Heather Lutze pours out her knowledge of how to be found on the Internet in the book The Findability Formula. This unique formula is Lutze’s guide to search engine marketing. Heather has ten years of management experience in the field and is the owner of Lutze Consulting. The findability Formula is a step-by-step guide to how to maximize a company’s pay-per-click marketing. It also is a guide to search engine optimization.
In the first part of the book Lutze starts out with the basic aspects of search engine optimization. She explains some basic definitions like what exactly findability is. Then Heather goes into what search engines are and how they operate. The difference between a natural search and paid placement is gone over in detail. She wants to make sure that the reader really knows what the difference between the two is. Google, Yahoo!, and MSN are all covered as well.
The next couple of chapters dive into what exactly a person needs to do before they start their online marketing. Good clicks and bad clicks are differentiated. Then the meat of what Lutze’s book is hit. How people search and what they search for is laid out. She explains what her take on the average persons “buying cycle’ is. And it is pretty basic and makes perfect since. There are three stages according to Heather and they are the information, shopping and purchasing stages.
In the fourth chapter Lutze gets into the finer aspects of what she means. She starts off with the “keyword trail”. In this chapter, like the book, she has the reader think in the big picture and then narrows it down. She wants the reader to think about what they would type into a search engine to find their product. If the reader sells Nike Air Jordans then they don’t want to pay for bees wax as a keyword. Shoes are even too broad for Lutze. Heather explains that the keywords get more expensive the broader the keyword and with less turnover rate. She suggests using the keyword Nike Air Jordans, because it is narrow and will cost less with a bonus of a high turnover rate.
Throughout the chapters Lutze is constantly tying her three stages of purchasing into the book. The three stages of information, shopping and purchasing require three very different ways to go about the keywords. The information stage is the stage where broad words are needed. This stage is where the customer is just gathering information about what product they want and the perks and flaws it has. The shopping stage is where the customer will use about three words and it is a little more specific, like Nike Air Jordans. The customer knows what they want and are just looking around for the best price or service. Then in the purchasing stage the customer has their credit card out and is just looking for exactly what they want, at what price and what service they want with it.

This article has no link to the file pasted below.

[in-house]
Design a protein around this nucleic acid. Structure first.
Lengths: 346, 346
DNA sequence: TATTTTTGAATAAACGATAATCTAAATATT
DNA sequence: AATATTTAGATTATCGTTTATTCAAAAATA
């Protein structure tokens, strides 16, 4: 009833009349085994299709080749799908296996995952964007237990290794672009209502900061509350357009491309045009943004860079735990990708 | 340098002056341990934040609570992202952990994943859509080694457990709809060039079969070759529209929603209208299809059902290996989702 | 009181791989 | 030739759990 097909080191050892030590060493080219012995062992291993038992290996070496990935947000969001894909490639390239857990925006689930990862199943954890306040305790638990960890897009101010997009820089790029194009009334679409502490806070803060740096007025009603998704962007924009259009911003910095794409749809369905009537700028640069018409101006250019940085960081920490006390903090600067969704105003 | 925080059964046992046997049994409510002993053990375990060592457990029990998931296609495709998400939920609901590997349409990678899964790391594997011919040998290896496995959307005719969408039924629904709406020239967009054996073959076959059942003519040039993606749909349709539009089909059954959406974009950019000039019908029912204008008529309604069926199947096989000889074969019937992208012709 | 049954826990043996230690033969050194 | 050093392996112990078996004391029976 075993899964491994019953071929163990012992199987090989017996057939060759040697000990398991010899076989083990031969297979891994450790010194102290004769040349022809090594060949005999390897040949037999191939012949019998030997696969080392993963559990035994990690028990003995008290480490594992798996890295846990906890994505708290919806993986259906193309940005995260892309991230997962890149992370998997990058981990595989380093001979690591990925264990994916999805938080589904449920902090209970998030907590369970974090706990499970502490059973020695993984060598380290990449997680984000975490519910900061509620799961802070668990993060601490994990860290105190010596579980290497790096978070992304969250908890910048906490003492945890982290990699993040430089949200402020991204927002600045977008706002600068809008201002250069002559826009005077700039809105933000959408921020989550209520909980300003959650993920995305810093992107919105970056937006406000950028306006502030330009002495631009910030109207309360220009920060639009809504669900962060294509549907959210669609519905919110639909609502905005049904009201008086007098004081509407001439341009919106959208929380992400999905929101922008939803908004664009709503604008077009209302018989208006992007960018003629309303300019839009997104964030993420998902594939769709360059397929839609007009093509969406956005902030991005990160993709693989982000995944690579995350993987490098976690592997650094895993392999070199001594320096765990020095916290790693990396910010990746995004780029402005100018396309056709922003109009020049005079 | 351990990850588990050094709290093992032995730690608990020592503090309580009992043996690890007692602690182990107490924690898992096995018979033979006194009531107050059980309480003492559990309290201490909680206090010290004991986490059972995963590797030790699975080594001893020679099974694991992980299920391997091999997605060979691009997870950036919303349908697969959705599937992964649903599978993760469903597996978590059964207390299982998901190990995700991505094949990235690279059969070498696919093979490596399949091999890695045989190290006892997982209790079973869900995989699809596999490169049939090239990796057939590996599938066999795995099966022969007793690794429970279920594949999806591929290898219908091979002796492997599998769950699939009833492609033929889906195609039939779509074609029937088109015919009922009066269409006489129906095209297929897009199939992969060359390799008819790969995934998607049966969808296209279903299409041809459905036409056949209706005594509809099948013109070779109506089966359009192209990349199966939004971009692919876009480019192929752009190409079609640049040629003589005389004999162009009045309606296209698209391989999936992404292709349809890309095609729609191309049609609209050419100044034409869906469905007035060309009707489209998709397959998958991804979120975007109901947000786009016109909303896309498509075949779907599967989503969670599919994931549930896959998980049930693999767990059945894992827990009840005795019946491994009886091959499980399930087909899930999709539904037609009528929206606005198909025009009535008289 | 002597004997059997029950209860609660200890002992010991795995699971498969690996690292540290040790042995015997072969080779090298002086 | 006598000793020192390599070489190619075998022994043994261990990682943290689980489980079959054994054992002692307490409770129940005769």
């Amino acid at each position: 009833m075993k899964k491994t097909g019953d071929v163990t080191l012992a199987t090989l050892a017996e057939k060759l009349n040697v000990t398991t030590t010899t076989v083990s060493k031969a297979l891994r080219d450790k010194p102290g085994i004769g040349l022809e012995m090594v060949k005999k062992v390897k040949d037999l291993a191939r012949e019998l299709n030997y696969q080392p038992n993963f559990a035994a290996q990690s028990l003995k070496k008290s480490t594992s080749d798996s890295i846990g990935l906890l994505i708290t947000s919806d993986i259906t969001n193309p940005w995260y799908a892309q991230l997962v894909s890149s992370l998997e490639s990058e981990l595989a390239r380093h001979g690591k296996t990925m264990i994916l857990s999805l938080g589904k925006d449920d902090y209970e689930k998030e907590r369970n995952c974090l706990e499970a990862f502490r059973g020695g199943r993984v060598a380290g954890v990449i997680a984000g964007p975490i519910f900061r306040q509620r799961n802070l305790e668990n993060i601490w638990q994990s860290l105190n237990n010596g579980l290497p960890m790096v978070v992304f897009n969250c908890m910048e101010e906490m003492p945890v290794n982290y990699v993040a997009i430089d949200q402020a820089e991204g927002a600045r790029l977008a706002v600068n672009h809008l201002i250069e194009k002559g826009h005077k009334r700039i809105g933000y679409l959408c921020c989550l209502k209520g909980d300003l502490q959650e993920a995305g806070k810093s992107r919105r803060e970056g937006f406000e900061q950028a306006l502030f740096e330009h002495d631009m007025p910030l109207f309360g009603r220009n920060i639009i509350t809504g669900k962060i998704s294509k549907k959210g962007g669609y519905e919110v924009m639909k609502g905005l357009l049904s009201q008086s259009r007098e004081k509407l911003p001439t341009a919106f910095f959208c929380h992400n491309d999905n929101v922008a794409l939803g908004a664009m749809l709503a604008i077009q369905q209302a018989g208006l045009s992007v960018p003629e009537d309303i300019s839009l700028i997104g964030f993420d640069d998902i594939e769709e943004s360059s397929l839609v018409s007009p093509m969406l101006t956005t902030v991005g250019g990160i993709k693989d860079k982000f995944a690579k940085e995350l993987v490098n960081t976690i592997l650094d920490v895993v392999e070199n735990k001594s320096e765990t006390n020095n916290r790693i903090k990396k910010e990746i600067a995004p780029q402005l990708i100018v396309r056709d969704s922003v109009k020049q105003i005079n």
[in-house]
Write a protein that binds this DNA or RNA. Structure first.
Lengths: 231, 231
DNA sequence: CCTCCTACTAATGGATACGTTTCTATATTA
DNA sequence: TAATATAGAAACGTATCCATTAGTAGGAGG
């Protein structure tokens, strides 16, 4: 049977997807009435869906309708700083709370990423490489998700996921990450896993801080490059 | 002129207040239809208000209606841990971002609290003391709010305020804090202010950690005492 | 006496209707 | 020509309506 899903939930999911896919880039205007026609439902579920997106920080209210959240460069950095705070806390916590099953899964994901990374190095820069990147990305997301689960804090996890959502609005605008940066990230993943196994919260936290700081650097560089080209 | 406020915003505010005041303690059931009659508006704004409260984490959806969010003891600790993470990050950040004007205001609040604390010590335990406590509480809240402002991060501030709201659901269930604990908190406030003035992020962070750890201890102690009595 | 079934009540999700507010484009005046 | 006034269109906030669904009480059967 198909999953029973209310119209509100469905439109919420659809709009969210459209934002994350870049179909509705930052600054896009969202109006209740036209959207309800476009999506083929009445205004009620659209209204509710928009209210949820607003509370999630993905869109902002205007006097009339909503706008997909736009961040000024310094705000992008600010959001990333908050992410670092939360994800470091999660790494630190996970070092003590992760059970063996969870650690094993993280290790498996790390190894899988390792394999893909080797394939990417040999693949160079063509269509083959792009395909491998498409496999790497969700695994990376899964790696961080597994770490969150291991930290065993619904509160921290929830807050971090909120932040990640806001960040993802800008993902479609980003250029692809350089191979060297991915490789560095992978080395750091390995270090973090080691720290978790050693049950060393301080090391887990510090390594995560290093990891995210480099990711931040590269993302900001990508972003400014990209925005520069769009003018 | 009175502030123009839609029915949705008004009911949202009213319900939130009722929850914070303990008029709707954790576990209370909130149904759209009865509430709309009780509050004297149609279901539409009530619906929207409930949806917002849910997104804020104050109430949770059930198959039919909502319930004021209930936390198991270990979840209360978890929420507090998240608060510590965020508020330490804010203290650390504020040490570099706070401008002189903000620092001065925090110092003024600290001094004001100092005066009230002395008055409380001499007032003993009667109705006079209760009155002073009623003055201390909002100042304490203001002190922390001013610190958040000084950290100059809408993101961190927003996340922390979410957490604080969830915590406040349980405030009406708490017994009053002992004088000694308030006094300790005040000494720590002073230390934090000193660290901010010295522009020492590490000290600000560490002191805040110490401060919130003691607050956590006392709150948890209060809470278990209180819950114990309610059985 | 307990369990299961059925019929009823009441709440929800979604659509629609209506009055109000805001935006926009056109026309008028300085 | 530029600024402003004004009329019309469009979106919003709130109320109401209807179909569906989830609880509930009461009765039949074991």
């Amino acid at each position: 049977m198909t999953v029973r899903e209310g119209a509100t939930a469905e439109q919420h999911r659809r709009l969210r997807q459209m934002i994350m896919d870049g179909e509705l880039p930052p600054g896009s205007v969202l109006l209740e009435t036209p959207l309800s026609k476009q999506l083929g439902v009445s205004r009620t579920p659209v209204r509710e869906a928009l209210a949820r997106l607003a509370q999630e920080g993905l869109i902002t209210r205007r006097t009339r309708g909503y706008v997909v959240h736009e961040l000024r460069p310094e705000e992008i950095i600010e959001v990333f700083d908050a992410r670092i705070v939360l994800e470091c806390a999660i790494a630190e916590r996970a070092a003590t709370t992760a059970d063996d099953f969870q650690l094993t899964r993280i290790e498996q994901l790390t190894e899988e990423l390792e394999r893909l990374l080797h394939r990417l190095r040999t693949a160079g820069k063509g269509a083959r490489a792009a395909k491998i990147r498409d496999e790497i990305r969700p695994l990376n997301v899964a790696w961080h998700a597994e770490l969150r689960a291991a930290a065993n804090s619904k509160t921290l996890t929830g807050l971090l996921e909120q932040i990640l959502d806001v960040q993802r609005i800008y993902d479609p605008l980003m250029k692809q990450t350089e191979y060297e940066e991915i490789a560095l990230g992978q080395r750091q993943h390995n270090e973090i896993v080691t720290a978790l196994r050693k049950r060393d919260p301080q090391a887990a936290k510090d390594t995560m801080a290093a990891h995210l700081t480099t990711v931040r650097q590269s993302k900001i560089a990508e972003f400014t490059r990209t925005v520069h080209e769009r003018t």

Lutze goes into a lot of detail about what exactly the reader can do to get the most out of the three stages. She dives into geographic modifiers, time restraints, how to get the most out the keywords and what to do after the marketing is up and going. Heather even goes into step-by-step ways of how to do things on her favorite web site.
I thought that this book was a great starter. Lutze goes into great detail and takes the reader through the whole process. It was nice that she didn’t assume that the reader knew anything. She also did a great job of explaining exactly why she is telling you to do something. Her main goal is to let the reader have a good overview so they can do it themselves or at least have a good idea so that they can have input into their search engine campaign. Lutze also emphasizes knowing your customer and what they are going through.
The only downside of the book is that it is a little repetitious. She will explain things over and over a bit to remind you how the aspect is relevant to the new subject. But this is the pain that is minimal and bearable to learn Lutze’s style. But all and all a good book that I recommend for beginners.